By Andrew Karp
"Portable, realistic, and mind-blowing" is how Jeri Ellsworth (pictured here) and Rick Johnson of
Technical Illusions describe castAR, their new projected augmented reality (AR) system that brings digital games, scientific models and other graphics into the real world in manipulable three dimensions. The system, which I tried out at International CES, consists of a pair of special 3D glasses, a fast and accurate tracking solution and a retro-reflective surface. A special attachment quickly transforms the glasses into supporting full Virtual Reality and full Augmented Reality.
The lightweight castAR glasses project a 3D image onto the retro-reflective surface, producing a stereoscopic image. The surface is designed to bounce light almost directly back to the glasses with very little scatter. It creates bright, beautiful, and striking image projections. The surface, which is very flexible, mounts easily on a wall or board, or can lay flat on a table. It can also be wiped down and is not adversely affected by water.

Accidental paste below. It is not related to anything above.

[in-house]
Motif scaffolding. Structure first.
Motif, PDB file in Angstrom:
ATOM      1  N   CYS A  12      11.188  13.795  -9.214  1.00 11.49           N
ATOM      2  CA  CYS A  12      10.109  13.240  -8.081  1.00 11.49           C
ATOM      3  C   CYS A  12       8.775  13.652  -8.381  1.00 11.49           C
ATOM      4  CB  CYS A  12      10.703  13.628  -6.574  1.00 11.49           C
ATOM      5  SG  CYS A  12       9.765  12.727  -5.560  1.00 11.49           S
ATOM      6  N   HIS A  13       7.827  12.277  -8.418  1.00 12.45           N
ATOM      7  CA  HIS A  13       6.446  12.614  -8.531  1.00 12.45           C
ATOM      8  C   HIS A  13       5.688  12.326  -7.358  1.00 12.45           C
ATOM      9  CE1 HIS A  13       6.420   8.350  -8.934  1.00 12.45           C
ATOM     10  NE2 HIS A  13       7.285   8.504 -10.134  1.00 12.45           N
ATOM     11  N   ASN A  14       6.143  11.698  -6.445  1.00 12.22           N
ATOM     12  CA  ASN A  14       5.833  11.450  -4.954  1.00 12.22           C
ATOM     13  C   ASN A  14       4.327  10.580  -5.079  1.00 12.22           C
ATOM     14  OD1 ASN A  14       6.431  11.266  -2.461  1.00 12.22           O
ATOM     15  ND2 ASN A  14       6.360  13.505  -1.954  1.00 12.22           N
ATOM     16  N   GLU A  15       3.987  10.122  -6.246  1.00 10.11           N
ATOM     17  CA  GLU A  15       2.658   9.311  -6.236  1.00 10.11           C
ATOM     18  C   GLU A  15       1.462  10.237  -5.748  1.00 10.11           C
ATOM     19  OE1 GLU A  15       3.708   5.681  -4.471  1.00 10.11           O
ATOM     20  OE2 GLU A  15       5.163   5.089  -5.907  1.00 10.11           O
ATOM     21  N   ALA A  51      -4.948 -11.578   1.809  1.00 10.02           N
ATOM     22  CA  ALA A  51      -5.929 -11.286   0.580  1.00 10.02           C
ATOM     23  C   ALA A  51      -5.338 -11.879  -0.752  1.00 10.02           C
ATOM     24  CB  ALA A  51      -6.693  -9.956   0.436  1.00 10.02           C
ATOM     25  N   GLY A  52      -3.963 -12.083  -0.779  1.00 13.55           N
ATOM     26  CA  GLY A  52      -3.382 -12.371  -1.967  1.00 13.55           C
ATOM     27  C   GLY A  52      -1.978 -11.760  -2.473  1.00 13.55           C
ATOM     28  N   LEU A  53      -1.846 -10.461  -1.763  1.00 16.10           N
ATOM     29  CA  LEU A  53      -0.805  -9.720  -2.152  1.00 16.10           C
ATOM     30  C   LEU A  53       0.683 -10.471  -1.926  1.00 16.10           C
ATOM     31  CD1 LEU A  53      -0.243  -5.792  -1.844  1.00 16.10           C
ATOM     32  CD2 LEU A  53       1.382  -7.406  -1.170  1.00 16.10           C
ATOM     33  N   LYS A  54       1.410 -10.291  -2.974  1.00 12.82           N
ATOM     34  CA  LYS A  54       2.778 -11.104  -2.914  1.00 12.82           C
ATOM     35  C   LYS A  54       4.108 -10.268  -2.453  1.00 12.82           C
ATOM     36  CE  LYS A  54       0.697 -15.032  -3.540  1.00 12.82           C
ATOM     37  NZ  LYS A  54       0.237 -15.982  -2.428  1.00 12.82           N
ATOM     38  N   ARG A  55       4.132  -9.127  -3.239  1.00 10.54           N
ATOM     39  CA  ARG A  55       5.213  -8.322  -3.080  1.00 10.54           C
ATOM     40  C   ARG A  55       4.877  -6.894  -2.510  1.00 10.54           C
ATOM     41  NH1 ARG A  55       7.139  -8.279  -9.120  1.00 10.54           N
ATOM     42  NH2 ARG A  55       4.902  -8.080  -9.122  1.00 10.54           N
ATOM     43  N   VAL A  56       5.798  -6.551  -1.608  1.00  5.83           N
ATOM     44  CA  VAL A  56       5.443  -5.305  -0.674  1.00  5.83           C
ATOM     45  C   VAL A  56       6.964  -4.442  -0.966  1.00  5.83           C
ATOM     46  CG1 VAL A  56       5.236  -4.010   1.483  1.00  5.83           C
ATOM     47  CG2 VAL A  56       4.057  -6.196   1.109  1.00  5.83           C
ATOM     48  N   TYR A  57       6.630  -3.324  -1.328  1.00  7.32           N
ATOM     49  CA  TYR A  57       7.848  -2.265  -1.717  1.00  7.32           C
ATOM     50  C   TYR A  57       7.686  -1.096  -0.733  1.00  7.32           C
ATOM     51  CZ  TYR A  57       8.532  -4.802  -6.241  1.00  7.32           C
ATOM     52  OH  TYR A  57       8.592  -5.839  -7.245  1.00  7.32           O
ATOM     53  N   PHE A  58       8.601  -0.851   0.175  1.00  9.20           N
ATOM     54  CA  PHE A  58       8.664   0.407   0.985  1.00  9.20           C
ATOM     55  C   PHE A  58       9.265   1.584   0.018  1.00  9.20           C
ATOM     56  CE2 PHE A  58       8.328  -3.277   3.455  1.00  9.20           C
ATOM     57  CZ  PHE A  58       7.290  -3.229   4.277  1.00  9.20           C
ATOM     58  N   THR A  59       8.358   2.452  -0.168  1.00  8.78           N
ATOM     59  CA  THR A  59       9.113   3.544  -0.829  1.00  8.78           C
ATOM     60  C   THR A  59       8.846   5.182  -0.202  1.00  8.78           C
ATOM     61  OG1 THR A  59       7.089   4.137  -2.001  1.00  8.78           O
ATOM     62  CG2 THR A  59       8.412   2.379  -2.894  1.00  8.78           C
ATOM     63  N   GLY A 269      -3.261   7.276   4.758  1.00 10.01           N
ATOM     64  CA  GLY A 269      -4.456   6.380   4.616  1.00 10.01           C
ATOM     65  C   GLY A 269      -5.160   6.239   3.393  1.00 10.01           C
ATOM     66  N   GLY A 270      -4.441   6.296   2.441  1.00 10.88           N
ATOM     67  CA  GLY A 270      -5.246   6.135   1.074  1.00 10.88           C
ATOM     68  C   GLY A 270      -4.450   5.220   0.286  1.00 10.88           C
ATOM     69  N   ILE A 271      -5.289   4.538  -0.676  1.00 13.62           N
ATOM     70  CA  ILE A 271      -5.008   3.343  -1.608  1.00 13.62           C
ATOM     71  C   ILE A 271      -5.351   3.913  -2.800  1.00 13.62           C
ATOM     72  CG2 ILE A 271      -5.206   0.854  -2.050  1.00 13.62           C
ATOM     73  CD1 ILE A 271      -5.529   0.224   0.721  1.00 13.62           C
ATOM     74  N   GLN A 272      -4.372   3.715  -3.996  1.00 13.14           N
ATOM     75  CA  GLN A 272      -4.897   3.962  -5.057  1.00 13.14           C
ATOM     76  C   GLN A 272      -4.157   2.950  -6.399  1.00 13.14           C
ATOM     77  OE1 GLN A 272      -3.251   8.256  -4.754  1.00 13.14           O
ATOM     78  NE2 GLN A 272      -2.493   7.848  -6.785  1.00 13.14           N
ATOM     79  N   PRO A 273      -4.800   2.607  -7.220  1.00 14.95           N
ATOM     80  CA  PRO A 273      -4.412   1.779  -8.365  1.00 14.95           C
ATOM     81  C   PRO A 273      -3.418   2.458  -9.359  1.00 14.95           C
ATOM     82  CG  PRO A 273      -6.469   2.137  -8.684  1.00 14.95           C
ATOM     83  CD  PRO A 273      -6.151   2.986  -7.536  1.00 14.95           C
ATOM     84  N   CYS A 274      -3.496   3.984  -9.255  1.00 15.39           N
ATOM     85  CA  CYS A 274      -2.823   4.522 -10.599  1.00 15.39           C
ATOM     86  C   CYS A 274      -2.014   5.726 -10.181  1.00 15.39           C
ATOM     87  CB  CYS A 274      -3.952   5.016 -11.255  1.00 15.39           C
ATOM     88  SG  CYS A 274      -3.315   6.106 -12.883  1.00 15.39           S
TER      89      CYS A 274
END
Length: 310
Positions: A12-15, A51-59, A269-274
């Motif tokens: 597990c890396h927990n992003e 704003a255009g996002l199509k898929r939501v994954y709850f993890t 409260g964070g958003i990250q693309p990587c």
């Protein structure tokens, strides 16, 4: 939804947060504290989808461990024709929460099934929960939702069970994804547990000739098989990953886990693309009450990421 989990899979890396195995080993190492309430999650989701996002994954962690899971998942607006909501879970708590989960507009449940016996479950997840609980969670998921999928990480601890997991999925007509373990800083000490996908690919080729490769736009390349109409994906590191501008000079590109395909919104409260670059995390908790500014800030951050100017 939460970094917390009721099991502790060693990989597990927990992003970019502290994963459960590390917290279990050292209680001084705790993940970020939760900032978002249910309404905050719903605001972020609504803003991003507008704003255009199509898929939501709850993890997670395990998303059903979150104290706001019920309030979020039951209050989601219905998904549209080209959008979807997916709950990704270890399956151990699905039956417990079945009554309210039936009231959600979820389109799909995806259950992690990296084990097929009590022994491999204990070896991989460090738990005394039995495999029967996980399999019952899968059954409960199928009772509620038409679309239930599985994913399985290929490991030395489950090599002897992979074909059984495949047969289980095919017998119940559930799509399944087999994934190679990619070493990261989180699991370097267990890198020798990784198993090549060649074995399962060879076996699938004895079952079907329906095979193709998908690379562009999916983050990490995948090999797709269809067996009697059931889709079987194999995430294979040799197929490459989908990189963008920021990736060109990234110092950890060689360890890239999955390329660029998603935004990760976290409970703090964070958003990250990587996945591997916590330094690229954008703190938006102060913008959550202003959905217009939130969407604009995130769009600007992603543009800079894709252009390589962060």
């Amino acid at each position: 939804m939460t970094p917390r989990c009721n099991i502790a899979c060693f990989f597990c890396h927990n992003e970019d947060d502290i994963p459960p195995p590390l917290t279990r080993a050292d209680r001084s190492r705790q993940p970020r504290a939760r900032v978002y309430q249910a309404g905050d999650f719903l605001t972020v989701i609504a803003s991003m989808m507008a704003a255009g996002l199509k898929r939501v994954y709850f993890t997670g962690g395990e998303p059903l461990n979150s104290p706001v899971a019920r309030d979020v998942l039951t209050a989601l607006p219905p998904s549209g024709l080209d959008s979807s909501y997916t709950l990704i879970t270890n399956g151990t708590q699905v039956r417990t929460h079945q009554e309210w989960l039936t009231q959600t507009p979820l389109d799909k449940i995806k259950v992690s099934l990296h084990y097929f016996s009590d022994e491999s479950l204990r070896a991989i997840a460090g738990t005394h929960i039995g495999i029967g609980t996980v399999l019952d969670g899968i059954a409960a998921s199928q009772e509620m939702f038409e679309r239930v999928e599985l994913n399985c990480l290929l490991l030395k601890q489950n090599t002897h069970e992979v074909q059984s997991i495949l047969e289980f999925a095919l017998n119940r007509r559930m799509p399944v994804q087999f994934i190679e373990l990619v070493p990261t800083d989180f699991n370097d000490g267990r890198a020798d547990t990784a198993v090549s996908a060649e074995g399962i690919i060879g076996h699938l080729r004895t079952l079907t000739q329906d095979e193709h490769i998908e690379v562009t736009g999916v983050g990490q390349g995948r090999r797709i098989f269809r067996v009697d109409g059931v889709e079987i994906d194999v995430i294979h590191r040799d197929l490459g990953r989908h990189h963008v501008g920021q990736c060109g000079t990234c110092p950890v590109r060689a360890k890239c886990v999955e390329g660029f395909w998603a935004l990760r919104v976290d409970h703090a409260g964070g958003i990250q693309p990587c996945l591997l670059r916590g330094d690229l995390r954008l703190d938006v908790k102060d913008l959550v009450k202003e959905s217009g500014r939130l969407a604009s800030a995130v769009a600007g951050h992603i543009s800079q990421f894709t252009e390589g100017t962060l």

Another key advantage of the surface is that its positioning affects the type of gameplay you choose. If you want to play a tabletop role-playing game (RPG) or a board game, you can lay it on a flat surface. Such a game can incorporate miniatures or game pieces to be used on the retro-reflective surface as part of the game. Radio frequency information devices (RFIDS) are then used to communicate between the surface and the castAR.
If you prefer a first-person shooter game, you can suspend the retro-reflective surface onto a wall to give you the perspective of a person standing and facing forward. You can curve the surface in a half circle for a flight, or driving simulator. The possibilities are varied and have a direct influence over game design and implementation of the player perspective.
The head tracking system dynamically responds to changes in player position and orientation allows you to move freely around the surface to see this image as closely as you like.
castAR also has an input device called the Magic Wand. The Magic Wand is fully tracked in your physical space, allowing easy and natural interaction your virtual worlds. The glasses connect via an HDMI cable for video and a USB cable for communication with the tracking systems.
Technical Illusions recently completed a successful
Kickstarter funding campaign, and expects to deliver early developer units of castAR next month.
Technical Illusions has posted several videos on YouTube that demonstrate castAR.
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